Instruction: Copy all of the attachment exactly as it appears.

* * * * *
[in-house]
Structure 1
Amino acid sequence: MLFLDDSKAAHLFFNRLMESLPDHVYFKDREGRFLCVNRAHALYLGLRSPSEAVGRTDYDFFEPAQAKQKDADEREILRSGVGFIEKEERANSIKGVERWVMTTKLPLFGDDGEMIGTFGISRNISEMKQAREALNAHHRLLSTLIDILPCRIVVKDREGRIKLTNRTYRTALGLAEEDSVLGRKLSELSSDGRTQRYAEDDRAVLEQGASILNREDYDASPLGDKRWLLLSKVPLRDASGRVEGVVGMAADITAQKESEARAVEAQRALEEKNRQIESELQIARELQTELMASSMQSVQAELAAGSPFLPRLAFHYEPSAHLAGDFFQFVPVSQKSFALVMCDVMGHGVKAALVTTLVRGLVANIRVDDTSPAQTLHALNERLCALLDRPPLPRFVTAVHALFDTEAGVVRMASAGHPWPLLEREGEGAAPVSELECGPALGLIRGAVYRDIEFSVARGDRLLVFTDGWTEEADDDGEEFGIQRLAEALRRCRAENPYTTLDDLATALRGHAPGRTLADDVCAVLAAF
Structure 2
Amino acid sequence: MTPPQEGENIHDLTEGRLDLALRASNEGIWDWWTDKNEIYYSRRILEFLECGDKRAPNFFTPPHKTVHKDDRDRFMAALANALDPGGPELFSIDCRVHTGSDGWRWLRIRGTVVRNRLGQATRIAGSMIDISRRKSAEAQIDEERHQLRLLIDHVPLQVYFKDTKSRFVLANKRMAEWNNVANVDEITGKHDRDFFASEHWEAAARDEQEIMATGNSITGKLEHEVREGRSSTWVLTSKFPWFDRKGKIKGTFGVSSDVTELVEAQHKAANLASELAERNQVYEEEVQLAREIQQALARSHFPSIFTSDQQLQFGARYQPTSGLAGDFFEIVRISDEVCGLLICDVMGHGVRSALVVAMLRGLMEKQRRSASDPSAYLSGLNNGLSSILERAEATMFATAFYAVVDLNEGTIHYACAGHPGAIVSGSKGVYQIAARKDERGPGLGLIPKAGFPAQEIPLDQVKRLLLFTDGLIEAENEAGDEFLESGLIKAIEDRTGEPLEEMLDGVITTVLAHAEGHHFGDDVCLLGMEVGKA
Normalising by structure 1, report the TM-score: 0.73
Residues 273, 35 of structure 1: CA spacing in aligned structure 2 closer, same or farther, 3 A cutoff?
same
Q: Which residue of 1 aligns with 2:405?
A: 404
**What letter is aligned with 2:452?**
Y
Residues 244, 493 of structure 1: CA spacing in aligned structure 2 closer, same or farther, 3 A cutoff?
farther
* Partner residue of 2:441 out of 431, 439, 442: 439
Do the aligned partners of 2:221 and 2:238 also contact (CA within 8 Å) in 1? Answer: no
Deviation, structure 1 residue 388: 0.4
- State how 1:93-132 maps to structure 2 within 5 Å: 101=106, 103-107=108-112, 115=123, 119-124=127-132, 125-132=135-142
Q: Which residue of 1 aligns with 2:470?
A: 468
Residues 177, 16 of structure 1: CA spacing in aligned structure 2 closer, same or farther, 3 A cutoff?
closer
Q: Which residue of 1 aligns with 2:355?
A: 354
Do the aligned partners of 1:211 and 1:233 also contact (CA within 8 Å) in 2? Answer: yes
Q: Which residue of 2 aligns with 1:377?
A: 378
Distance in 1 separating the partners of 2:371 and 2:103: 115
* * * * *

[in-house]
Structure 1
Amino acid sequence: MLFLDDSKAAHLFFNRLMESLPDHVYFKDREGRFLCVNRAHALYLGLRSPSEAVGRTDYDFFEPAQAKQKDADEREILRSGVGFIEKEERANSIKGVERWVMTTKLPLFGDDGEMIGTFGISRNISEMKQAREALNAHHRLLSTLIDILPCRIVVKDREGRIKLTNRTYRTALGLAEEDSVLGRKLSELSSDGRTQRYAEDDRAVLEQGASILNREDYDASPLGDKRWLLLSKVPLRDASGRVEGVVGMAADITAQKESEARAVEAQRALEEKNRQIESELQIARELQTELMASSMQSVQAELAAGSPFLPRLAFHYEPSAHLAGDFFQFVPVSQKSFALVMCDVMGHGVKAALVTTLVRGLVANIRVDDTSPAQTLHALNERLCALLDRPPLPRFVTAVHALFDTEAGVVRMASAGHPWPLLEREGEGAAPVSELECGPALGLIRGAVYRDIEFSVARGDRLLVFTDGWTEEADDDGEEFGIQRLAEALRRCRAENPYTTLDDLATALRGHAPGRTLADDVCAVLAAF
Structure 2
Amino acid sequence: MTPPQEGENIHDLTEGRLDLALRASNEGIWDWWTDKNEIYYSRRILEFLECGDKRAPNFFTPPHKTVHKDDRDRFMAALANALDPGGPELFSIDCRVHTGSDGWRWLRIRGTVVRNRLGQATRIAGSMIDISRRKSAEAQIDEERHQLRLLIDHVPLQVYFKDTKSRFVLANKRMAEWNNVANVDEITGKHDRDFFASEHWEAAARDEQEIMATGNSITGKLEHEVREGRSSTWVLTSKFPWFDRKGKIKGTFGVSSDVTELVEAQHKAANLASELAERNQVYEEEVQLAREIQQALARSHFPSIFTSDQQLQFGARYQPTSGLAGDFFEIVRISDEVCGLLICDVMGHGVRSALVVAMLRGLMEKQRRSASDPSAYLSGLNNGLSSILERAEATMFATAFYAVVDLNEGTIHYACAGHPGAIVSGSKGVYQIAARKDERGPGLGLIPKAGFPAQEIPLDQVKRLLLFTDGLIEAENEAGDEFLESGLIKAIEDRTGEPLEEMLDGVITTVLAHAEGHHFGDDVCLLGMEVGKA
Normalising by structure 1, report the TM-score: 0.73
Residues 273, 35 of structure 1: CA spacing in aligned structure 2 closer, same or farther, 3 A cutoff?
same
Q: Which residue of 1 aligns with 2:405?
A: 404
**What letter is aligned with 2:452?**
Y
Residues 244, 493 of structure 1: CA spacing in aligned structure 2 closer, same or farther, 3 A cutoff?
farther
* Partner residue of 2:441 out of 431, 439, 442: 439
Do the aligned partners of 2:221 and 2:238 also contact (CA within 8 Å) in 1? Answer: no
Deviation, structure 1 residue 388: 0.4
- State how 1:93-132 maps to structure 2 within 5 Å: 101=106, 103-107=108-112, 115=123, 119-124=127-132, 125-132=135-142
Q: Which residue of 1 aligns with 2:470?
A: 468
Residues 177, 16 of structure 1: CA spacing in aligned structure 2 closer, same or farther, 3 A cutoff?
closer
Q: Which residue of 1 aligns with 2:355?
A: 354
Do the aligned partners of 1:211 and 1:233 also contact (CA within 8 Å) in 2? Answer: yes
Q: Which residue of 2 aligns with 1:377?
A: 378
Distance in 1 separating the partners of 2:371 and 2:103: 115